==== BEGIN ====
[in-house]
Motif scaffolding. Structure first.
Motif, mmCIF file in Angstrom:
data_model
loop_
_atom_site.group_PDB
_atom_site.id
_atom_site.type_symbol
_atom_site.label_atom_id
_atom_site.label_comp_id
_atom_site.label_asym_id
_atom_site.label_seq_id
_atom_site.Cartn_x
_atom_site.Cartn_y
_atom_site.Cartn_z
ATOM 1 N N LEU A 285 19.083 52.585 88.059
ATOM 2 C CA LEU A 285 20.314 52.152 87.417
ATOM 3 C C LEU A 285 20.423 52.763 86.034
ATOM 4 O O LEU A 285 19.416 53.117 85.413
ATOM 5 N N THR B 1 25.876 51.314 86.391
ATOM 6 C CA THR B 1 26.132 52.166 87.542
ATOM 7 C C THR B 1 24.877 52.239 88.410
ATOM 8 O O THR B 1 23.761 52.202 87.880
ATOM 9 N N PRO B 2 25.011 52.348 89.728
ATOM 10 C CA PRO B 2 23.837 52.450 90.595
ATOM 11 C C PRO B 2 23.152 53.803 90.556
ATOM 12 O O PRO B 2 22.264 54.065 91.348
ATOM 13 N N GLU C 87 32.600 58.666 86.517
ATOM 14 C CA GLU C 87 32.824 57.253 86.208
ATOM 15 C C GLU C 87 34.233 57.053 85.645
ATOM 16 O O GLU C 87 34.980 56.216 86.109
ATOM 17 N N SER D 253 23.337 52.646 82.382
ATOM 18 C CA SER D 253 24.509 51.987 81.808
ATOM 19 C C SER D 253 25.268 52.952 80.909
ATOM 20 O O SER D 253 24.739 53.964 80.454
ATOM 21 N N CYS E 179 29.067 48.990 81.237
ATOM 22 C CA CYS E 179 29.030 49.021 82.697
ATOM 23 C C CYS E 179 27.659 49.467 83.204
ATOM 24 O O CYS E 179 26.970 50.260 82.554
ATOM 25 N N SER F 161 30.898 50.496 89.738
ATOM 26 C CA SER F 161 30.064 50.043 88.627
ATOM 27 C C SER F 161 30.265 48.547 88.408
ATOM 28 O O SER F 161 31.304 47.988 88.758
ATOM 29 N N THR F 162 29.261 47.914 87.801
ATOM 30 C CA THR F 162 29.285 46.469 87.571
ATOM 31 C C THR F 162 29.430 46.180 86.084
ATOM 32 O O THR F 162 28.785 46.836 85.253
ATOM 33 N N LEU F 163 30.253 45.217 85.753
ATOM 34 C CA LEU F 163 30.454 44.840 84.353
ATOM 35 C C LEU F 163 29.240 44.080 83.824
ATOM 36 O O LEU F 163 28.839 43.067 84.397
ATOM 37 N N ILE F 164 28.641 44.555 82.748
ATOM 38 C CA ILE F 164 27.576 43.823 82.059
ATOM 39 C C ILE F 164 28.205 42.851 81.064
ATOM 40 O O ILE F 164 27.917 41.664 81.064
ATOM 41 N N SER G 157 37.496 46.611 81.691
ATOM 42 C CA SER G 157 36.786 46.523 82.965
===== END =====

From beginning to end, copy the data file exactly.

[in-house]
Motif scaffolding. Structure first.
Motif, mmCIF file in Angstrom:
data_model
loop_
_atom_site.group_PDB
_atom_site.id
_atom_site.type_symbol
_atom_site.label_atom_id
_atom_site.label_comp_id
_atom_site.label_asym_id
_atom_site.label_seq_id
_atom_site.Cartn_x
_atom_site.Cartn_y
_atom_site.Cartn_z
ATOM 1 N N LEU A 285 19.083 52.585 88.059
ATOM 2 C CA LEU A 285 20.314 52.152 87.417
ATOM 3 C C LEU A 285 20.423 52.763 86.034
ATOM 4 O O LEU A 285 19.416 53.117 85.413
ATOM 5 N N THR B 1 25.876 51.314 86.391
ATOM 6 C CA THR B 1 26.132 52.166 87.542
ATOM 7 C C THR B 1 24.877 52.239 88.410
ATOM 8 O O THR B 1 23.761 52.202 87.880
ATOM 9 N N PRO B 2 25.011 52.348 89.728
ATOM 10 C CA PRO B 2 23.837 52.450 90.595
ATOM 11 C C PRO B 2 23.152 53.803 90.556
ATOM 12 O O PRO B 2 22.264 54.065 91.348
ATOM 13 N N GLU C 87 32.600 58.666 86.517
ATOM 14 C CA GLU C 87 32.824 57.253 86.208
ATOM 15 C C GLU C 87 34.233 57.053 85.645
ATOM 16 O O GLU C 87 34.980 56.216 86.109
ATOM 17 N N SER D 253 23.337 52.646 82.382
ATOM 18 C CA SER D 253 24.509 51.987 81.808
ATOM 19 C C SER D 253 25.268 52.952 80.909
ATOM 20 O O SER D 253 24.739 53.964 80.454
ATOM 21 N N CYS E 179 29.067 48.990 81.237
ATOM 22 C CA CYS E 179 29.030 49.021 82.697
ATOM 23 C C CYS E 179 27.659 49.467 83.204
ATOM 24 O O CYS E 179 26.970 50.260 82.554
ATOM 25 N N SER F 161 30.898 50.496 89.738
ATOM 26 C CA SER F 161 30.064 50.043 88.627
ATOM 27 C C SER F 161 30.265 48.547 88.408
ATOM 28 O O SER F 161 31.304 47.988 88.758
ATOM 29 N N THR F 162 29.261 47.914 87.801
ATOM 30 C CA THR F 162 29.285 46.469 87.571
ATOM 31 C C THR F 162 29.430 46.180 86.084
ATOM 32 O O THR F 162 28.785 46.836 85.253
ATOM 33 N N LEU F 163 30.253 45.217 85.753
ATOM 34 C CA LEU F 163 30.454 44.840 84.353
ATOM 35 C C LEU F 163 29.240 44.080 83.824
ATOM 36 O O LEU F 163 28.839 43.067 84.397
ATOM 37 N N ILE F 164 28.641 44.555 82.748
ATOM 38 C CA ILE F 164 27.576 43.823 82.059
ATOM 39 C C ILE F 164 28.205 42.851 81.064
ATOM 40 O O ILE F 164 27.917 41.664 81.064
ATOM 41 N N SER G 157 37.496 46.611 81.691
ATOM 42 C CA SER G 157 36.786 46.523 82.965